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The IRS Gives New Meaning to an “Election Year” by Significantly Increasing Cafeteria Plan Mid-Year Election Change Options

Wesley Covert & Chad DeGroot

The Internal Revenue Service (IRS) recently issued Notice 2020-29 and Notice 2020-33 to provide relief for employees participating in a Section 125 cafeteria plan.  Although temporary, the changes will provide employees greater flexibility during this time of volatility to make mid-year election changes without the necessity of a specific change event in order to maximize their health coverage or revoke elections that otherwise may lead to forfeited benefits. 

New Mid-Year Change Opportunities

Through a cafeteria plan, employees may elect to pay for certain qualified health or dependent care expenses on a pre-tax basis. Generally, such elections must be made prior to the first day of the plan year and may only be revised under limited circumstances. Pursuant to Notice 2020-29, employers have the option to implement the following election changes on a prospective basis for their participating employees.  Such election changes may impact the employee’s salary deferral and benefit enrollment status.  Specifically, the new guidance provides employees the opportunity to:

  1. Enroll in employer-sponsored health coverage mid-year if an employee previously declined coverage. 

  2. Enroll in a different health coverage option offered by the same employer (e.g., change from an HMO to a PPO, or move from single to family coverage). 

  3. Drop existing employer-sponsored health coverage provided that the employee attests in writing that the employee is enrolled, or immediately will enroll, in other comprehensive health coverage not sponsored by the employer.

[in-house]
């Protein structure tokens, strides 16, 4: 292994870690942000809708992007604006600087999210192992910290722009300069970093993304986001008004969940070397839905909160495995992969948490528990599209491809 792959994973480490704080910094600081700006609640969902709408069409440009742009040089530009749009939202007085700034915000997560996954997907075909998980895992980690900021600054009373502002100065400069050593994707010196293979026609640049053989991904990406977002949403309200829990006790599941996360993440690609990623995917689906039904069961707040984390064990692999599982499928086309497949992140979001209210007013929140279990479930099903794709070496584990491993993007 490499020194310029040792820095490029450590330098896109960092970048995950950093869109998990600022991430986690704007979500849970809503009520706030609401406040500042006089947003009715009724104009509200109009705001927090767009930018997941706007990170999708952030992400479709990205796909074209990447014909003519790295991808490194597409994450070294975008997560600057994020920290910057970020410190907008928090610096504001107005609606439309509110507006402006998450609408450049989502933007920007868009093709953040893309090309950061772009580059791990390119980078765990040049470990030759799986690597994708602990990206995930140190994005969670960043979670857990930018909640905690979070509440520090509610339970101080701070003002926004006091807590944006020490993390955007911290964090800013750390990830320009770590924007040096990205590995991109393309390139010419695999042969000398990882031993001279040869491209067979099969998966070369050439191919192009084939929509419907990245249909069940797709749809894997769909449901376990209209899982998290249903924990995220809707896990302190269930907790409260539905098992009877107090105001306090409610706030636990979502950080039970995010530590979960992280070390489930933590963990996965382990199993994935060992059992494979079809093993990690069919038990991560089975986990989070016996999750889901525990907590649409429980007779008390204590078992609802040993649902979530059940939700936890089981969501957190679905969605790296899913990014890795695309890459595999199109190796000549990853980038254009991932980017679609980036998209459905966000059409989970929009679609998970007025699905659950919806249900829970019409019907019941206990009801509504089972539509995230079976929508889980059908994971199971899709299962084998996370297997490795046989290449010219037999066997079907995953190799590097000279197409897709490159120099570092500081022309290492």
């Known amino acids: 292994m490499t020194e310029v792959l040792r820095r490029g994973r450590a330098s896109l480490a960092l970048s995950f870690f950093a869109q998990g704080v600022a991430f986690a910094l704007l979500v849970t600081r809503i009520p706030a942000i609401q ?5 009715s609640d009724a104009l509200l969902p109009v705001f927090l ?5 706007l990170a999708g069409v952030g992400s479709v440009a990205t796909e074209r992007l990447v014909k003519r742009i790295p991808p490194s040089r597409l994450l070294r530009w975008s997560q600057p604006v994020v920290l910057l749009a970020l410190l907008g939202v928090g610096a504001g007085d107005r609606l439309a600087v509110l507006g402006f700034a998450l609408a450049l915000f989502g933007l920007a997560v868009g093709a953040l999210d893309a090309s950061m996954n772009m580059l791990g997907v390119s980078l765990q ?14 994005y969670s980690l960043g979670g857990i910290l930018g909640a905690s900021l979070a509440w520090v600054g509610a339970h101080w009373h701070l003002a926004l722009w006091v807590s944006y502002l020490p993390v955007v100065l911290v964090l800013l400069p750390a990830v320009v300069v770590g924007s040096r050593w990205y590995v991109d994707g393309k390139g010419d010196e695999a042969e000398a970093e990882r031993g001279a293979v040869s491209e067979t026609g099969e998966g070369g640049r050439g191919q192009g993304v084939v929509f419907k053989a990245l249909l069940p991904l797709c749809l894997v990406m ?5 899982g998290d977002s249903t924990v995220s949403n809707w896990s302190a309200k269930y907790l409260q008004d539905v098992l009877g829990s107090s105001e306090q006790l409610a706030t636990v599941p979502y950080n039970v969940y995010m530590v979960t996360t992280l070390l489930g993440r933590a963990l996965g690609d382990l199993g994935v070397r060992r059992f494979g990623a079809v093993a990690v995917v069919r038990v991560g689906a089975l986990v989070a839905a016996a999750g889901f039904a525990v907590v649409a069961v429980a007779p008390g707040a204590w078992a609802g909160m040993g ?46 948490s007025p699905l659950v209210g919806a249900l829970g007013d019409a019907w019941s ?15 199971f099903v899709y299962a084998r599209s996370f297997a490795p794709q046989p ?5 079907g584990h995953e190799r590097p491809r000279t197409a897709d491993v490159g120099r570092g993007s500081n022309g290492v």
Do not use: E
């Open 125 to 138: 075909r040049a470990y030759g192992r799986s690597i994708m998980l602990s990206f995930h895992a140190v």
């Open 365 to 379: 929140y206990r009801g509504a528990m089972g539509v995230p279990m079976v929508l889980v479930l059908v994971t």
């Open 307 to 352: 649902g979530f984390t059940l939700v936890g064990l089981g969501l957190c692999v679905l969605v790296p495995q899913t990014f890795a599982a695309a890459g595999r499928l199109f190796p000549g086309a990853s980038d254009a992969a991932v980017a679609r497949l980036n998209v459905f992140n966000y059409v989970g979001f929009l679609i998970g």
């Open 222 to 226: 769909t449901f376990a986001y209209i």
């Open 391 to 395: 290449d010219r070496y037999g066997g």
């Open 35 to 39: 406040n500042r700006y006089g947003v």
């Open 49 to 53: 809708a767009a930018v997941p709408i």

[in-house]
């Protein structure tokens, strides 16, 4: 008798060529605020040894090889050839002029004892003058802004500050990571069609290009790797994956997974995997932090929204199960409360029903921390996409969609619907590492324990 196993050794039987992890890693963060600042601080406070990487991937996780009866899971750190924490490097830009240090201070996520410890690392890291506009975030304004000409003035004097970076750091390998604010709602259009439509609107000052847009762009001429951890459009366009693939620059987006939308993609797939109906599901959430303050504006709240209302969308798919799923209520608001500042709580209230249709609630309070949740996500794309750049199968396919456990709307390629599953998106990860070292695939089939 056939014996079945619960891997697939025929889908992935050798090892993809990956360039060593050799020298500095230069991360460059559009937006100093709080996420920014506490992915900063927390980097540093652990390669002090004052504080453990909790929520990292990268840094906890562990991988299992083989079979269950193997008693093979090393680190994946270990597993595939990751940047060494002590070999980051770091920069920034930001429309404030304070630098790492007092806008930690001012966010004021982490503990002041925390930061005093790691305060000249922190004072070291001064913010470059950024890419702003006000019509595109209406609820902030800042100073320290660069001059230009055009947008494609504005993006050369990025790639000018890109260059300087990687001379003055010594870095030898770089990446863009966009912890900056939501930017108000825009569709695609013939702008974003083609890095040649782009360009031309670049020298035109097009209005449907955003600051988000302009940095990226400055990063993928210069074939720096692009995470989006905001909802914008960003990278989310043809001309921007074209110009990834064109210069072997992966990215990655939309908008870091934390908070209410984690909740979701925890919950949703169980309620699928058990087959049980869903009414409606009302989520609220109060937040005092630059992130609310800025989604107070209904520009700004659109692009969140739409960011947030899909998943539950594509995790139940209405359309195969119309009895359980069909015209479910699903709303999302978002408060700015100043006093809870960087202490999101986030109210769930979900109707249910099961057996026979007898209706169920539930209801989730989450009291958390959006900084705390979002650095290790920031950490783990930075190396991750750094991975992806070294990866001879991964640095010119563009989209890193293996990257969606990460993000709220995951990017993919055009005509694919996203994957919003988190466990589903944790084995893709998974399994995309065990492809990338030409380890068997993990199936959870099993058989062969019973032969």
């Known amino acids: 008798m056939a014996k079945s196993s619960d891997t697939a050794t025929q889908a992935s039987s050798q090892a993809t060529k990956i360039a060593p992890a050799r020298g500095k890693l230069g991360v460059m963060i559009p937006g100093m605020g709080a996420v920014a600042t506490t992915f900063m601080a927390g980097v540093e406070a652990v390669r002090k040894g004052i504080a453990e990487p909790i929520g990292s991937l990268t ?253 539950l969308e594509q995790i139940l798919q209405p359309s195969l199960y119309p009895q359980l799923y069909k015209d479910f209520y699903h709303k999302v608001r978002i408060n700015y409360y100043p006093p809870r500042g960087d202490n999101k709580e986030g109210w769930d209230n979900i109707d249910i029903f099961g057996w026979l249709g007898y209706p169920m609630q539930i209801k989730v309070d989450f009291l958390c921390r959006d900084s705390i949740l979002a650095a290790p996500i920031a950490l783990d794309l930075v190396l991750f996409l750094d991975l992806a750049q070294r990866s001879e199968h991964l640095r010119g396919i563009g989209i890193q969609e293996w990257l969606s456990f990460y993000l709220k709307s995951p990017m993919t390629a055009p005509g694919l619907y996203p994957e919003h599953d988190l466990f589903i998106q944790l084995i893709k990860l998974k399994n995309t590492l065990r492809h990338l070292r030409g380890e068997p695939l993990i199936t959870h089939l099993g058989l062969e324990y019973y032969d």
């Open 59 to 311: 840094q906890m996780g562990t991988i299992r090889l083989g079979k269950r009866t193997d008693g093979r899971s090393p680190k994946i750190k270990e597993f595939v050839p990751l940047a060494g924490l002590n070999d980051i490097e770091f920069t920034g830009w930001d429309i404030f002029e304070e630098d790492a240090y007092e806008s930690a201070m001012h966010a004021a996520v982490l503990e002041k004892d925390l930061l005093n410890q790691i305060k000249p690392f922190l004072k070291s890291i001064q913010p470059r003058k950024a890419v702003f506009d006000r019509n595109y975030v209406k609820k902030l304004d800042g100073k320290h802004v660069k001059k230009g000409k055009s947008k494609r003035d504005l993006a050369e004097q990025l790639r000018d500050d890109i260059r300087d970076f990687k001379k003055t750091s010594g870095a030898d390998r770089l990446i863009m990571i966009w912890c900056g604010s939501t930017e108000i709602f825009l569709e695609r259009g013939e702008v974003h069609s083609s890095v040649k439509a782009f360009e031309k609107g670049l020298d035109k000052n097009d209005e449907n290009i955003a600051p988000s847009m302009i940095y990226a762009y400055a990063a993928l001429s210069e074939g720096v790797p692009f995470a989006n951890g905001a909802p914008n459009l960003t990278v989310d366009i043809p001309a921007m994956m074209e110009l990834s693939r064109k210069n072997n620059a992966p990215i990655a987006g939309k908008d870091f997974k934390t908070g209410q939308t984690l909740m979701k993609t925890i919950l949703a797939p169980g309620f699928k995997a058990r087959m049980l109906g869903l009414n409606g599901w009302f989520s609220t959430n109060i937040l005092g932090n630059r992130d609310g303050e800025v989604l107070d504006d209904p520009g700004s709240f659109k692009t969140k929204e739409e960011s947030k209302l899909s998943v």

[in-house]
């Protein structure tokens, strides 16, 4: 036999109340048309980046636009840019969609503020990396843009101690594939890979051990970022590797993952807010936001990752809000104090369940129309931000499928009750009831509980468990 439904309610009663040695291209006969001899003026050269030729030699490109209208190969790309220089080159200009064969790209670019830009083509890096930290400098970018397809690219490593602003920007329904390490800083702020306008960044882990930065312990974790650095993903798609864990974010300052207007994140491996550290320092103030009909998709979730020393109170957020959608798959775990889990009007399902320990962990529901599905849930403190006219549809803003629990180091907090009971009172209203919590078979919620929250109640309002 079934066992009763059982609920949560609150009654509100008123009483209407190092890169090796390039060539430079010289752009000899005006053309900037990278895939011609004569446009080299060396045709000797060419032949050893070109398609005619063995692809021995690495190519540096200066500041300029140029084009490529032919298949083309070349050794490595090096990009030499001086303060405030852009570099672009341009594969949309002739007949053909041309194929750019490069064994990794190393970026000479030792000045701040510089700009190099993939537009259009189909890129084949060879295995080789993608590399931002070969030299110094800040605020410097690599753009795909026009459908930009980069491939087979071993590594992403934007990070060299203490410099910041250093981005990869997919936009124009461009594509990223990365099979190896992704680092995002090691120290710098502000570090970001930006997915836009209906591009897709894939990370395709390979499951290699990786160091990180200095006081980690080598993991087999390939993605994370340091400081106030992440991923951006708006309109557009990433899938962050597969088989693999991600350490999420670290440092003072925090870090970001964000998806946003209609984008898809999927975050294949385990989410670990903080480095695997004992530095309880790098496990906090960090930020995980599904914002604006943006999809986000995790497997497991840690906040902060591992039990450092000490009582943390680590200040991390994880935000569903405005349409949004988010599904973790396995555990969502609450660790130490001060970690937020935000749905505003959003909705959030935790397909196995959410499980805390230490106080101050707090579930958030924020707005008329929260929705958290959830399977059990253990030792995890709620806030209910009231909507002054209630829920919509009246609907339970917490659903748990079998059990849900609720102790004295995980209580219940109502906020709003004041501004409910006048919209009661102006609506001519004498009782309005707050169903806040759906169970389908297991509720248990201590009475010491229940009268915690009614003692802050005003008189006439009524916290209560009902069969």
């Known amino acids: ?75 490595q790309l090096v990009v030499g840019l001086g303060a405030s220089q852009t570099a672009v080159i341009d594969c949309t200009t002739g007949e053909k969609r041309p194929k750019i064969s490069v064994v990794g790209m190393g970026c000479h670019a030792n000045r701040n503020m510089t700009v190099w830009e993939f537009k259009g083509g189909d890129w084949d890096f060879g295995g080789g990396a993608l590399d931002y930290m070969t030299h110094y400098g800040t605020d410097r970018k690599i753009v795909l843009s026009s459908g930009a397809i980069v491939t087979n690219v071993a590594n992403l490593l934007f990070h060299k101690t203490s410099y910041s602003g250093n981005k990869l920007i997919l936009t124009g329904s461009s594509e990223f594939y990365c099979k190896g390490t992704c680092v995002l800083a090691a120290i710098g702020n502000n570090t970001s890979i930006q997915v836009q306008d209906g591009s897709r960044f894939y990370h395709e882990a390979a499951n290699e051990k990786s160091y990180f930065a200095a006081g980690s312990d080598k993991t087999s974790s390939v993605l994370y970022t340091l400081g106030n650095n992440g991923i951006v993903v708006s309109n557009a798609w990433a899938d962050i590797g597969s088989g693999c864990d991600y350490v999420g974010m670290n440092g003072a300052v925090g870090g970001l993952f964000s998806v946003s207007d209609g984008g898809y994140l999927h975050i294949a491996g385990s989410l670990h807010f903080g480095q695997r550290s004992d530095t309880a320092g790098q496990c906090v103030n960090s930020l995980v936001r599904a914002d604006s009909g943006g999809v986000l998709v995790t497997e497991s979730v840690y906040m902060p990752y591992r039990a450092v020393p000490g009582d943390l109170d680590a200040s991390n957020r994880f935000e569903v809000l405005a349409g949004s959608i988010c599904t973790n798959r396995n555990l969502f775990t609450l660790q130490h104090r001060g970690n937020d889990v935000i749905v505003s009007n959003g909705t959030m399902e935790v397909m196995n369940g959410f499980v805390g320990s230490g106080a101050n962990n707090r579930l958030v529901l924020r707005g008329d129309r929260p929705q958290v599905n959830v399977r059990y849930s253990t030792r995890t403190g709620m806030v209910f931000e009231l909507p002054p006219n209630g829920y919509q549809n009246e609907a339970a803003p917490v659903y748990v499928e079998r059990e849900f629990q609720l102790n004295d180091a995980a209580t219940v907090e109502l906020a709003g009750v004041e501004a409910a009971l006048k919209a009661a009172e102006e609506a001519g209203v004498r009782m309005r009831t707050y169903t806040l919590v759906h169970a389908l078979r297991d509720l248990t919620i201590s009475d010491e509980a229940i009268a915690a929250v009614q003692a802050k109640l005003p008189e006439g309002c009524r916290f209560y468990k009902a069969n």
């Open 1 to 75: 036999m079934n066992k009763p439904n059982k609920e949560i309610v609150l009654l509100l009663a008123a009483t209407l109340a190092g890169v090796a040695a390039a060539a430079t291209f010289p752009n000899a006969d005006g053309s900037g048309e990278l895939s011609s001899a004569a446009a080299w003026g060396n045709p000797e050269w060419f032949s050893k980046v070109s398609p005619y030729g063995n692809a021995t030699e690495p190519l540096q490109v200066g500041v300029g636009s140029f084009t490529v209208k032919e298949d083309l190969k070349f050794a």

• The employer may rely on an employee’s written attestation, unless the employer has actual knowledge that the employee is not, or will not be, enrolled in such other comprehensive health coverage. A model attestation is provided in Notice 2020-29. 
  4. Make mid-year changes to initially enroll, increase, decrease or revoke health flexible spending arrangement (FSA) or dependent care assistance program (DCAP) elections. 

All of the above changes to the cafeteria plan are optional.  However, if the employer chooses to implement any of the above changes, an amendment to the cafeteria plan will need to be adopted on or before December 31, 2021. Importantly, the employer must currently inform all employees eligible to participate in the cafeteria plan of any adopted changes.

Note: If cafeteria plans have already been permitting the types of changes above, the guidance allows the plan to be amended retroactively to January 1, 2020.